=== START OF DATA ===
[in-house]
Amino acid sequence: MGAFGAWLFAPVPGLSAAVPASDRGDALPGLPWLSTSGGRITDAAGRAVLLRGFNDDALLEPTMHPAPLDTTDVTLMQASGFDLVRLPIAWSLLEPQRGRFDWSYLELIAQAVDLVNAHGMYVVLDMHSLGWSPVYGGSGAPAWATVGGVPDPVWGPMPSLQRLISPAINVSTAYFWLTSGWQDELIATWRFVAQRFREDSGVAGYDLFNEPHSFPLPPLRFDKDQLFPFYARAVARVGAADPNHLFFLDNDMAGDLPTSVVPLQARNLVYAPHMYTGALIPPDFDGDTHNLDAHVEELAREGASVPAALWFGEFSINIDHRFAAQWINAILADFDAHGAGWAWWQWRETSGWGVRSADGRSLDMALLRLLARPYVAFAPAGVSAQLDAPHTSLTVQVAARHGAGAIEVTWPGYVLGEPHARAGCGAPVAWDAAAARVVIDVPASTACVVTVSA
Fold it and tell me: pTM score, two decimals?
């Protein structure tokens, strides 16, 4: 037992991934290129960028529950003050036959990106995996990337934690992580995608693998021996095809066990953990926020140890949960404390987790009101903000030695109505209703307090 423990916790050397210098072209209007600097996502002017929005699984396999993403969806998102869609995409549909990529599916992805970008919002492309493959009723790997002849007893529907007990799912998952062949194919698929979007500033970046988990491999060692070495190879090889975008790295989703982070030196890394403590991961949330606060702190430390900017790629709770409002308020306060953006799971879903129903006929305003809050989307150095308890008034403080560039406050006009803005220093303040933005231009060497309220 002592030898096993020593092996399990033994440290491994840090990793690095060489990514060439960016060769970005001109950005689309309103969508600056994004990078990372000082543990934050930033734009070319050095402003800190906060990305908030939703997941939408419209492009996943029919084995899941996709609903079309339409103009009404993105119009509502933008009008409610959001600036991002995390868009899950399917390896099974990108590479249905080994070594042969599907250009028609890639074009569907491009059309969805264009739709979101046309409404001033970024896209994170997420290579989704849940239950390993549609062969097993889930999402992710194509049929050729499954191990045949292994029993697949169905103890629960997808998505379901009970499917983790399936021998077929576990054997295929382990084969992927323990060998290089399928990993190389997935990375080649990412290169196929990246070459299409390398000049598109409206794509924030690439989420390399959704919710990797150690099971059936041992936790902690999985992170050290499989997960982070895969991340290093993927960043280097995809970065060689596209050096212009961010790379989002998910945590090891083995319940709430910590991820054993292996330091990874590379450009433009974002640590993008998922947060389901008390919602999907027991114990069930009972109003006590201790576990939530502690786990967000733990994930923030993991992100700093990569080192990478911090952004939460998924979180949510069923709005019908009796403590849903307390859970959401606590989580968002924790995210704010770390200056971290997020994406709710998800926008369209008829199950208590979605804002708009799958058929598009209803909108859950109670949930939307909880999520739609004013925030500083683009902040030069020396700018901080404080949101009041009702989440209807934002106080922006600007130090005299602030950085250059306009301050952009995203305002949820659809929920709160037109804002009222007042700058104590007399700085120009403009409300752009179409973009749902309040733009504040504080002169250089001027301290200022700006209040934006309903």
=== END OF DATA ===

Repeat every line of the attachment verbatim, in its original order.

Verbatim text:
[in-house]
Amino acid sequence: MGAFGAWLFAPVPGLSAAVPASDRGDALPGLPWLSTSGGRITDAAGRAVLLRGFNDDALLEPTMHPAPLDTTDVTLMQASGFDLVRLPIAWSLLEPQRGRFDWSYLELIAQAVDLVNAHGMYVVLDMHSLGWSPVYGGSGAPAWATVGGVPDPVWGPMPSLQRLISPAINVSTAYFWLTSGWQDELIATWRFVAQRFREDSGVAGYDLFNEPHSFPLPPLRFDKDQLFPFYARAVARVGAADPNHLFFLDNDMAGDLPTSVVPLQARNLVYAPHMYTGALIPPDFDGDTHNLDAHVEELAREGASVPAALWFGEFSINIDHRFAAQWINAILADFDAHGAGWAWWQWRETSGWGVRSADGRSLDMALLRLLARPYVAFAPAGVSAQLDAPHTSLTVQVAARHGAGAIEVTWPGYVLGEPHARAGCGAPVAWDAAAARVVIDVPASTACVVTVSA
Fold it and tell me: pTM score, two decimals?
């Protein structure tokens, strides 16, 4: 037992991934290129960028529950003050036959990106995996990337934690992580995608693998021996095809066990953990926020140890949960404390987790009101903000030695109505209703307090 423990916790050397210098072209209007600097996502002017929005699984396999993403969806998102869609995409549909990529599916992805970008919002492309493959009723790997002849007893529907007990799912998952062949194919698929979007500033970046988990491999060692070495190879090889975008790295989703982070030196890394403590991961949330606060702190430390900017790629709770409002308020306060953006799971879903129903006929305003809050989307150095308890008034403080560039406050006009803005220093303040933005231009060497309220 002592030898096993020593092996399990033994440290491994840090990793690095060489990514060439960016060769970005001109950005689309309103969508600056994004990078990372000082543990934050930033734009070319050095402003800190906060990305908030939703997941939408419209492009996943029919084995899941996709609903079309339409103009009404993105119009509502933008009008409610959001600036991002995390868009899950399917390896099974990108590479249905080994070594042969599907250009028609890639074009569907491009059309969805264009739709979101046309409404001033970024896209994170997420290579989704849940239950390993549609062969097993889930999402992710194509049929050729499954191990045949292994029993697949169905103890629960997808998505379901009970499917983790399936021998077929576990054997295929382990084969992927323990060998290089399928990993190389997935990375080649990412290169196929990246070459299409390398000049598109409206794509924030690439989420390399959704919710990797150690099971059936041992936790902690999985992170050290499989997960982070895969991340290093993927960043280097995809970065060689596209050096212009961010790379989002998910945590090891083995319940709430910590991820054993292996330091990874590379450009433009974002640590993008998922947060389901008390919602999907027991114990069930009972109003006590201790576990939530502690786990967000733990994930923030993991992100700093990569080192990478911090952004939460998924979180949510069923709005019908009796403590849903307390859970959401606590989580968002924790995210704010770390200056971290997020994406709710998800926008369209008829199950208590979605804002708009799958058929598009209803909108859950109670949930939307909880999520739609004013925030500083683009902040030069020396700018901080404080949101009041009702989440209807934002106080922006600007130090005299602030950085250059306009301050952009995203305002949820659809929920709160037109804002009222007042700058104590007399700085120009403009409300752009179409973009749902309040733009504040504080002169250089001027301290200022700006209040934006309903």